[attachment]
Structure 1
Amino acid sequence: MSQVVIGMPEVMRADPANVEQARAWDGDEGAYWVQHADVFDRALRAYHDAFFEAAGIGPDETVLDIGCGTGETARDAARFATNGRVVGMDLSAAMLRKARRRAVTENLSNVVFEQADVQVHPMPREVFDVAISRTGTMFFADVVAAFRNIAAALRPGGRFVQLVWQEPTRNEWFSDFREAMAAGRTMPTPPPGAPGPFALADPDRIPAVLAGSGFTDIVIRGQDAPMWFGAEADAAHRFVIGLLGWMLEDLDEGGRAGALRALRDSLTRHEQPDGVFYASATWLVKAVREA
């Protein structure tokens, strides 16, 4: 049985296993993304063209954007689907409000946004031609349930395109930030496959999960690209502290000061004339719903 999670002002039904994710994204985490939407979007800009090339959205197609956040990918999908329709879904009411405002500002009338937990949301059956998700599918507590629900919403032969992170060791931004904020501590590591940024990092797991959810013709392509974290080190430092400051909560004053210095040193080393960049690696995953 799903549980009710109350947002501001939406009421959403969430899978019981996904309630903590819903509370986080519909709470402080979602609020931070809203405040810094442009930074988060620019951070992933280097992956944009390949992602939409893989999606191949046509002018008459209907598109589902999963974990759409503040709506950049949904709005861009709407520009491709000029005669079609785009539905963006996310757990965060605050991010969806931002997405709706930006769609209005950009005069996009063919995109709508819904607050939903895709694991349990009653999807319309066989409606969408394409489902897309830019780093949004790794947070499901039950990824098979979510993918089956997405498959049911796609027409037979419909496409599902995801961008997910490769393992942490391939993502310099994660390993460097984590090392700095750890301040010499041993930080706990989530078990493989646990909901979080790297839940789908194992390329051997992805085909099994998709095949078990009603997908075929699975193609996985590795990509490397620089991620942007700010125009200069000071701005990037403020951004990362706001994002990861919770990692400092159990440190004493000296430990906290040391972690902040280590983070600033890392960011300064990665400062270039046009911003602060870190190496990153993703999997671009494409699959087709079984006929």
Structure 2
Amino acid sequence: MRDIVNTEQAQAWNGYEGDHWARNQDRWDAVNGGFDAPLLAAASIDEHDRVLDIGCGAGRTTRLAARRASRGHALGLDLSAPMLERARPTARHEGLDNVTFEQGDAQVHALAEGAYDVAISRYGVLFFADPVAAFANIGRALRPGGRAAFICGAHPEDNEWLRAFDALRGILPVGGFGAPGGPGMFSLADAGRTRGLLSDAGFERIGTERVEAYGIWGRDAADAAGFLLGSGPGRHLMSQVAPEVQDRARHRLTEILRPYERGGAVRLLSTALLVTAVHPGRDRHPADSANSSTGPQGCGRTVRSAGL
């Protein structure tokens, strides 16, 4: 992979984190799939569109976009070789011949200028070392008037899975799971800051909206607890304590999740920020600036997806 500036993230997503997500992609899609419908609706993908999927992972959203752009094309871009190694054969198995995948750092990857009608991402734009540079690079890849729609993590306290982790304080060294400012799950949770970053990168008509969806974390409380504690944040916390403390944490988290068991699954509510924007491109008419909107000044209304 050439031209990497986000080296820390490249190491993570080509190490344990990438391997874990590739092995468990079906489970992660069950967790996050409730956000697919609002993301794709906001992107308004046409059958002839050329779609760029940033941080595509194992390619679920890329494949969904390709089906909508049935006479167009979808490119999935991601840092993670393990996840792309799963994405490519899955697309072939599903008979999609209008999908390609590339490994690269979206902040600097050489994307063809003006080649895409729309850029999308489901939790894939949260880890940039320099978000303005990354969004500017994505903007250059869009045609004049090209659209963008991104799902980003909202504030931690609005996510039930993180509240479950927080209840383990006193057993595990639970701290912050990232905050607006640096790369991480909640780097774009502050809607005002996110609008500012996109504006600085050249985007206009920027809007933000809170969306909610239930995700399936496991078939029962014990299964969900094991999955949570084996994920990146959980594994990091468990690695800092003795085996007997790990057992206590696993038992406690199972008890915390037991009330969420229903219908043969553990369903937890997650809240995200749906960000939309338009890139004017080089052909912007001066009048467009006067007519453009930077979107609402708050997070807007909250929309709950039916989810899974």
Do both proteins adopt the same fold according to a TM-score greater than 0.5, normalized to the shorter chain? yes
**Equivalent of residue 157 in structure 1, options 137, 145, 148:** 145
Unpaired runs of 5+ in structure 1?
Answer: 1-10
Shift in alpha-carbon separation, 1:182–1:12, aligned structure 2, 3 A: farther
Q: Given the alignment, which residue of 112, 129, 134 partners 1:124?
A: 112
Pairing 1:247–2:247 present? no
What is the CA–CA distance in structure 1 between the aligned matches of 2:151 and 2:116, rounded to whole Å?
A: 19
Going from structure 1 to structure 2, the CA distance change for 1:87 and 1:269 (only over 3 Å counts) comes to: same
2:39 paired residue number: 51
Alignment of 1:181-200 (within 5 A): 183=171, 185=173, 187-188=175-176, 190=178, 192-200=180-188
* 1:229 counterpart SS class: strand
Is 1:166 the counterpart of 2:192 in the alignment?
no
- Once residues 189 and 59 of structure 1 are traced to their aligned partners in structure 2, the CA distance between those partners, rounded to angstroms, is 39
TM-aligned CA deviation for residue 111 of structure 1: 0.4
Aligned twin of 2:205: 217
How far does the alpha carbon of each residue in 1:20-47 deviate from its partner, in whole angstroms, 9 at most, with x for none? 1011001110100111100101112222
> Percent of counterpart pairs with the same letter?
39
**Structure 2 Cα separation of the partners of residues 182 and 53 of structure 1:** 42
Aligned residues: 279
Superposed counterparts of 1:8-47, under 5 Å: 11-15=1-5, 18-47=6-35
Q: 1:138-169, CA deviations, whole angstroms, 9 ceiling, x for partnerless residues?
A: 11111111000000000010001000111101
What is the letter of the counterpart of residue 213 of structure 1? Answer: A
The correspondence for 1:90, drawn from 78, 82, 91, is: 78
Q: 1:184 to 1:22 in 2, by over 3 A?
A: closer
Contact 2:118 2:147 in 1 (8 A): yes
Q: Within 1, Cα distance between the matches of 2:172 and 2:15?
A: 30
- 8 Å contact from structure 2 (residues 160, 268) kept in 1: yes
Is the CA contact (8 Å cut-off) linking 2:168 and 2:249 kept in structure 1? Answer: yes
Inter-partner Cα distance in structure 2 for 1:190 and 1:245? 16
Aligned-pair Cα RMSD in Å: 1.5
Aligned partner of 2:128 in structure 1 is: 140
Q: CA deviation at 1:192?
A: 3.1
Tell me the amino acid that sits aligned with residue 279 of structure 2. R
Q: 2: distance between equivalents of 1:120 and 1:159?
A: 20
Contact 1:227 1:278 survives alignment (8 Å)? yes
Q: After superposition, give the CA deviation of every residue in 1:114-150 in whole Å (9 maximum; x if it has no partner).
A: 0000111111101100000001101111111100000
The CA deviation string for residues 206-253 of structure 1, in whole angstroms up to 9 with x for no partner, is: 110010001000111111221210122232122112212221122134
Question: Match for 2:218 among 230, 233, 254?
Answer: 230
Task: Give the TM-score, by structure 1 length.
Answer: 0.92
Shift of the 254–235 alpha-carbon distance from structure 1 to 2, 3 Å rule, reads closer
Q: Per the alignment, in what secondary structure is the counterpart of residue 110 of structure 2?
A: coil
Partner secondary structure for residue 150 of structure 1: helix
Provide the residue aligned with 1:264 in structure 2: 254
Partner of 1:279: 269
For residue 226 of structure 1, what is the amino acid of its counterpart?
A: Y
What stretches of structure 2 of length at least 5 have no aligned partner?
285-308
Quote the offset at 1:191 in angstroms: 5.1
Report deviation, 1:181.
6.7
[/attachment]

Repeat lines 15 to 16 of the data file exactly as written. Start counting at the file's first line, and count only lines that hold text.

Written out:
What is the CA–CA distance in structure 1 between the aligned matches of 2:151 and 2:116, rounded to whole Å?
A: 19